- The Washington Times - Tuesday, January 7, 2003


Cuban dissident Oswaldo Paya, who captained an islandwide pro-democracy petition drive last year, said yesterday that freedom in Cuba can come about only from within the country, not from outside forces.

Mr. Paya, speaking to reporters after a morning meeting with Secretary of State Colin L. Powell, said his campaign crossed an important threshold even though it did not bring about his objective of a national referendum to ensure the protection of human rights.

"The changes have begun, not in the structures of government, but in the hearts of the Cuban people," he said, speaking in Spanish.

He said he discussed the U.S. embargo against Cuba with Mr. Powell, affirming his view that he does not see that four-decade-old measure as a "factor for change" on the island.

The Cuban people seek from the United States and other countries "solidarity and moral support," Mr. Paya said.

"It's important to de-Americanize the problems of Cuba," he added. "We must bring change about through our own means."

Mr. Paya came here to receive a human rights award from the National Democratic Institute, a government-supported pro-democracy grouping. The award was to be presented last night by former Secretary of State Madeleine K. Albright.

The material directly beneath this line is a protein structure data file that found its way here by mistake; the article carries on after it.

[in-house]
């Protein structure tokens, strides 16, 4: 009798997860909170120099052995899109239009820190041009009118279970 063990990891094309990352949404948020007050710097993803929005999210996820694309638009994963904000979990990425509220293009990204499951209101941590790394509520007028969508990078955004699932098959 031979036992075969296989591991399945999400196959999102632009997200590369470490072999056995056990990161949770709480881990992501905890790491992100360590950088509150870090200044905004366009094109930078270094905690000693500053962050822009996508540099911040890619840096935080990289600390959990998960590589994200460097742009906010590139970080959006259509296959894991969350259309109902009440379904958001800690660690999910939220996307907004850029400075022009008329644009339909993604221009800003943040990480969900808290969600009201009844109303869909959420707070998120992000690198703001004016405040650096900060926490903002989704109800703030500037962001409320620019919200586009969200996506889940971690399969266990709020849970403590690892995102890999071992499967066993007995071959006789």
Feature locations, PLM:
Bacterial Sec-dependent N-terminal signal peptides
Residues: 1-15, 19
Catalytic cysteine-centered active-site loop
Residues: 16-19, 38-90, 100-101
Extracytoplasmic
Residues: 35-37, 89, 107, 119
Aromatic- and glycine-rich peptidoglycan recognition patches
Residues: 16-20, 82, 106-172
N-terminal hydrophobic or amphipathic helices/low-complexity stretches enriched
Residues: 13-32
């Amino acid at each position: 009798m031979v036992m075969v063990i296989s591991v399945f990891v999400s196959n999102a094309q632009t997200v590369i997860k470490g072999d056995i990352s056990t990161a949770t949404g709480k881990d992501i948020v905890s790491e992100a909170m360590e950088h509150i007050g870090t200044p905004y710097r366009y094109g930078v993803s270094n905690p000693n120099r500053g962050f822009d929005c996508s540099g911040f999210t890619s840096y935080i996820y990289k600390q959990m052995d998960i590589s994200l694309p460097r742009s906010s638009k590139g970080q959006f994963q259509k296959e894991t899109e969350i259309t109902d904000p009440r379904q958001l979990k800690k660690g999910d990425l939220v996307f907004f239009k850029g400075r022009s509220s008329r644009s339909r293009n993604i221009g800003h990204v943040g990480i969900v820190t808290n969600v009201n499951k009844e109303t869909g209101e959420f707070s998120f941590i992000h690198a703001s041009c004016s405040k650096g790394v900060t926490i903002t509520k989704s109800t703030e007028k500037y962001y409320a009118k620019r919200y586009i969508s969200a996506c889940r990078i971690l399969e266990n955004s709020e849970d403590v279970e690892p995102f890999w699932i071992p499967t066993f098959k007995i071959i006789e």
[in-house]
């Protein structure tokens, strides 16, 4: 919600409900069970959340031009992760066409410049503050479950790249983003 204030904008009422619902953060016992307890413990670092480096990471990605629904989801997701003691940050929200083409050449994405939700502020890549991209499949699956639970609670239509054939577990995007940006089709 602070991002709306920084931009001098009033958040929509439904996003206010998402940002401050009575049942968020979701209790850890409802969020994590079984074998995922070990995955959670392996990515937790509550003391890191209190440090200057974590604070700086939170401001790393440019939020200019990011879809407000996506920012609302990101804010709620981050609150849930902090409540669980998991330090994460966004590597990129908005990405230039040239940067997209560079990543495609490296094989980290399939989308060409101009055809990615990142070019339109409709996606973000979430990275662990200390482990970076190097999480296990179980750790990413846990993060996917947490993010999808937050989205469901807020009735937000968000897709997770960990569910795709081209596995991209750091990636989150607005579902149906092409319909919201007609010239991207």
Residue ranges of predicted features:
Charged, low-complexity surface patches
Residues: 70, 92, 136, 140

Cuba's communist government surprised Mr. Paya, 50, and his allies by allowing him to leave the country in December so that he could travel to France to receive the European Union's top human rights award.

The day before his mid-December departure, his home was vandalized.

In May, Mr. Paya's pro-democracy Varela Project turned in stacks of petitions that backers said were signed by 11,020 persons asking Cuba's parliament for the referendum. He has said an additional 10,000 signatures have been obtained since.

The petition drive was considered to be something of a breakthrough in a country known for repressing challenges to communism. Mr. Paya has said scores of people were detained or questioned during the campaign.

He said he will travel in the coming days to Miami, where polls show that he enjoys strong support among Cuban Americans.

"I will talk to all who will listen and listen to whoever talks," Mr. Paya said.

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